Your circumstances do not determine your happiness, money will not make you happy; happiness is something you actively choose every day in spite of the circumstances surrounding you. Life is full of experiences that will buttress our thoughts, validate our feelings which will eventually dictate our behaviors.
There are three essential things that I have found helpful in maintaining and choosing happiness.
1. Practicing gratitude daily - In our home, every night with our son, we have a gratitude circle where we share what we are thankful for. You could try gratitude journaling or gratitude video journaling. Just hit record on your cell phone camera or voice recorder.
2. Get rid of toxic waste in your life. Emotionally hoarding toxic people will drain your happiness and peace. Rid your life of emotional vampires, studies show that bad friends are not good for your health or life expectancy.
3. Forgive - yes, this is the one I find to be the most challenging. I Have a hard time accepting and letting go of bad things that have
happened to me. I expend energy wishing and hoping those experiences never occurred. In life, we don't get to undo experiences. Radically accepting what happened is a great start, next step is letting it go. Holding on to resentments only keeps us faithfully married to the hurt. It's time to move on, letting it go doesn't exonerate the person that hurt you, but it frees you from the chains of resentment. Forgive and clear your emotional house while creating space for new and better experiences to occur.
4. Lastly, be gentle on yourself. It's a journey and you will find yourself back in the old patterns of complaining and resenting. Remember that life isn't really about what happens to you because something is guaranteed to happen, it's about what you do in response. So when life happens and the narrative of worry and concern fills your thoughts, remember that you have a choice to choose happiness via gratitude.
When I finally got the result of the biopsy, my doctor informed me that I did not have thyroid cancer. He also informed me that I'd have to complete bi-annual ultrasounds to check on the status of those nodules. I have had 3 ultrasounds so far and there have been no changes, I'm clear! I also gave birth to my daughter and she just turned 1.
This blog was written by me for my friend Rebecca Black as a guest blog for her website www.rebeccarefined.com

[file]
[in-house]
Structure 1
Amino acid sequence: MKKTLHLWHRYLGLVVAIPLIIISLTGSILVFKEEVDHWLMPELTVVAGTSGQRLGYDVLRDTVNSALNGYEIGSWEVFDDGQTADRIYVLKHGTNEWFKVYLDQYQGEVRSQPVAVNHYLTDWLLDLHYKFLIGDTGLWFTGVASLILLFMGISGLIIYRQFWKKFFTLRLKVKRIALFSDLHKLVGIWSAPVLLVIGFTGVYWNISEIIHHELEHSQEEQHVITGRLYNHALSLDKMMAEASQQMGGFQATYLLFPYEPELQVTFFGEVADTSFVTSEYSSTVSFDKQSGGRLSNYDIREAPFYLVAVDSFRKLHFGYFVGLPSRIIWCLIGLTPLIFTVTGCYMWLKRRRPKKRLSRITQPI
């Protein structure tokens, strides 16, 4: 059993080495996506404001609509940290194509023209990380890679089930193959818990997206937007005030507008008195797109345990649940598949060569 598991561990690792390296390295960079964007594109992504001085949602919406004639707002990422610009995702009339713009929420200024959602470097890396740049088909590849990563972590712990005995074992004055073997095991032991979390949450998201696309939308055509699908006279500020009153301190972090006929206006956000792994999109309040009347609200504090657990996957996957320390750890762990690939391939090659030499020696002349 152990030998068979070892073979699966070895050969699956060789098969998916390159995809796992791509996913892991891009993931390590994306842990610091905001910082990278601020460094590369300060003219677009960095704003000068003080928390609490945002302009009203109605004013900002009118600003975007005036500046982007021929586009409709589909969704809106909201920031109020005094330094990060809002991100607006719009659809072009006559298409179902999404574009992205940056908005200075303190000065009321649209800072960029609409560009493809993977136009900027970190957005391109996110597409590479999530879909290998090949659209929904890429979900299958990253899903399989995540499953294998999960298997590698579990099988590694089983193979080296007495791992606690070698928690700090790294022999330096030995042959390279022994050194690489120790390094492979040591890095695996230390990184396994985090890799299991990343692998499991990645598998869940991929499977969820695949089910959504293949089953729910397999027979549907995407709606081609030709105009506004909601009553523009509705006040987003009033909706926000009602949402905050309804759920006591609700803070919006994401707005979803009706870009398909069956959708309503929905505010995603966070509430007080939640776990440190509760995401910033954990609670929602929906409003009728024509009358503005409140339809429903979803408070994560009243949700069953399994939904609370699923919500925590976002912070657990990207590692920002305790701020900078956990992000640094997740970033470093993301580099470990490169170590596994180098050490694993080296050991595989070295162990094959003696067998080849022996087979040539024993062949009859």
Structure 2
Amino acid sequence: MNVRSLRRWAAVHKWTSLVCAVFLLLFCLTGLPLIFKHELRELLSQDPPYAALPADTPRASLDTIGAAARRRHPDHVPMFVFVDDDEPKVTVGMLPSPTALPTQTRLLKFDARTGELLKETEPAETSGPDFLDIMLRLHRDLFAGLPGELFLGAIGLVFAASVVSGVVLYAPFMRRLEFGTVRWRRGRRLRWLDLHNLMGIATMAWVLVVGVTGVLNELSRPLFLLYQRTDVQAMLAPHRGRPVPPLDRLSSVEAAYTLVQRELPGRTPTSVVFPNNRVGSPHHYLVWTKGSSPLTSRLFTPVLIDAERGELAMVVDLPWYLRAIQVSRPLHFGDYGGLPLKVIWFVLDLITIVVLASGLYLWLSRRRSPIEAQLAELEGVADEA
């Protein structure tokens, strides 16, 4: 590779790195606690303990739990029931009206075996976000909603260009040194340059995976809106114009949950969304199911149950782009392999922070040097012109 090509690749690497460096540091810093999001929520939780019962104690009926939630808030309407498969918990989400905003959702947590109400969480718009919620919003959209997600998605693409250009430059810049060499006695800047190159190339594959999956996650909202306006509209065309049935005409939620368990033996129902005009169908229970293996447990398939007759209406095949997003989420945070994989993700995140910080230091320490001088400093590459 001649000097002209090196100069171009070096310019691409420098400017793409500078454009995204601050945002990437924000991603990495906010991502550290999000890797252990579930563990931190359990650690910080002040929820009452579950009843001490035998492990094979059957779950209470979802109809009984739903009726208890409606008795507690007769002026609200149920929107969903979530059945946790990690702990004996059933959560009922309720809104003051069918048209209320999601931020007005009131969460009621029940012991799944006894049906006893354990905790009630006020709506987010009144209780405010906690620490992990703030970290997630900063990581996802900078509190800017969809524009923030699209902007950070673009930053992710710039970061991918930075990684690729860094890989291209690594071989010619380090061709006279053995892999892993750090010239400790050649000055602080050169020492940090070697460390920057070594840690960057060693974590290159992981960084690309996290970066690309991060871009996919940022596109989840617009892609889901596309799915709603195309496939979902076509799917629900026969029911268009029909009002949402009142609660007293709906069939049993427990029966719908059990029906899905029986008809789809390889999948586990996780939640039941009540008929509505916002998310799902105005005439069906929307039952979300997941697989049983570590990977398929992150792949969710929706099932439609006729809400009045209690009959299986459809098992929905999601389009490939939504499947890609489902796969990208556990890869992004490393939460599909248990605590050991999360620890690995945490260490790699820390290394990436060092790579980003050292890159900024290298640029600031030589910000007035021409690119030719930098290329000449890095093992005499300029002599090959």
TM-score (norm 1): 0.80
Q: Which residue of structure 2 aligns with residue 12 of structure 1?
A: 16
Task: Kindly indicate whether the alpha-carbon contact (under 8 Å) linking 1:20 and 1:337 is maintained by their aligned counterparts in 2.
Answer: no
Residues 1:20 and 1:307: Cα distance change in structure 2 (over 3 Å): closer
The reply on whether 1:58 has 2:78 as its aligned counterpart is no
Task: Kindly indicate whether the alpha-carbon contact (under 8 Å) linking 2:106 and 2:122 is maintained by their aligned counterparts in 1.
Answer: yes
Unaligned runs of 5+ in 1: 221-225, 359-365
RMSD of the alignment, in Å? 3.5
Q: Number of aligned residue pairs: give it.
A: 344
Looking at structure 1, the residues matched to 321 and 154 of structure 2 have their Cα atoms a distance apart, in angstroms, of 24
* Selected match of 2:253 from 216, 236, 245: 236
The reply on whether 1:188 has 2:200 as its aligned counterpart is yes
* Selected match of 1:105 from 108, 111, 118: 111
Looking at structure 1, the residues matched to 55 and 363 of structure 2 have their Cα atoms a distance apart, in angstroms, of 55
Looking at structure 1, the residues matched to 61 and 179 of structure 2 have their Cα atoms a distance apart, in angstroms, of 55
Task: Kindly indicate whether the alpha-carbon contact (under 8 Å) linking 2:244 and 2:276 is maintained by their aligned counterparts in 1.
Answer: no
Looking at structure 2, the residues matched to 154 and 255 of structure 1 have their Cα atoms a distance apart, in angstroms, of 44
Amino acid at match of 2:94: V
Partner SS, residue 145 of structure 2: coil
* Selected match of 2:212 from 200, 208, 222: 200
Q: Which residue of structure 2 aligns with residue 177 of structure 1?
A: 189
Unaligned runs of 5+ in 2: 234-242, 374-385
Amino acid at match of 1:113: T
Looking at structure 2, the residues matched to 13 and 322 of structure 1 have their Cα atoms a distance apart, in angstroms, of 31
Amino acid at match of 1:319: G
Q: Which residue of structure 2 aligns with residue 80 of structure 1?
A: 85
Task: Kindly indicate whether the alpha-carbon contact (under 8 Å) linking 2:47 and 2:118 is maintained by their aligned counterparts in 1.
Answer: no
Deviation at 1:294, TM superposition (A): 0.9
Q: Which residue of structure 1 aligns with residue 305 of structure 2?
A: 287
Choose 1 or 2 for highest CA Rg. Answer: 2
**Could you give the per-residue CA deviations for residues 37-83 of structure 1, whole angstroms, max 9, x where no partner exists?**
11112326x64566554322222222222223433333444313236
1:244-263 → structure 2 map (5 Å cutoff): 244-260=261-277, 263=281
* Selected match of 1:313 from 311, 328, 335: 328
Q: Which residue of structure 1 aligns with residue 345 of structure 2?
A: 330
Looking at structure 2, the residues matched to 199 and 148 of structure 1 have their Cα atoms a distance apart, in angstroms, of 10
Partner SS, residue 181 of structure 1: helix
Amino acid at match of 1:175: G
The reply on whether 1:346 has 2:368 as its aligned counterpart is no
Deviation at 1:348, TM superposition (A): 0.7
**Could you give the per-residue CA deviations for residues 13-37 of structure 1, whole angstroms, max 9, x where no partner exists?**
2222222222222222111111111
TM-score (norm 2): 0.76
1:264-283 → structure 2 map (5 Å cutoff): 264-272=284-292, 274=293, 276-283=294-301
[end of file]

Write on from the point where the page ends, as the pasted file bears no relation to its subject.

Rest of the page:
The biggest trials that I ever faced that produced the deepest pain have given me the biggest gains. I have had more thrusting forward movements, grown emotionally, spiritually and gained the most out of the most difficult and painful experiences. I strongly believe that our spiritual and emotional growth and victories are directly proportional to the intensity of the painful experiences.
Just like the challenges of pregnancies, childbirth, returning to school, getting a degree, starting a new business, starting a new life in a new place, all of the these experiences can engender tensions, struggles and challenges, but these challenges are not wasted. Eventually, there is a sweet harvest after the difficult period of sowing, shedding, refining, and growing. The rewards might be the sense of accomplishments in graduation, the safe delivery of a baby at the end of a pregnancy or the comfortable resettlement in a new place.
Life was never meant to be easy but no one wants to be on the receiving end of life’s challenges and curve balls. I have found myself many times on the difficult, lowly and lonely road where it feels like everything failed me. I have been in dark places where I felt God failed me; scripture failed me and all my life philosophies, and the comfort blankets seemed to be useless. Nothing worked to dull the pain; no one could climb the seemingly insurmountable mountain for me. I felt all alone in the misery; I loathed life, God and myself in those days.
What I found true of those experiences is that the more I fought the pain, denied it, and tried to avoid it, the more painful it became. No dulling, no clichés, no hiding, no pretending worked. But, the problems did not change. I had to change.
I had to decide to walk and break through those stumbling blocks, go over them, go around them or die under them. So when I was able to finally garner up the energy to DO SOMETHING, that is when I started seeing forward movements.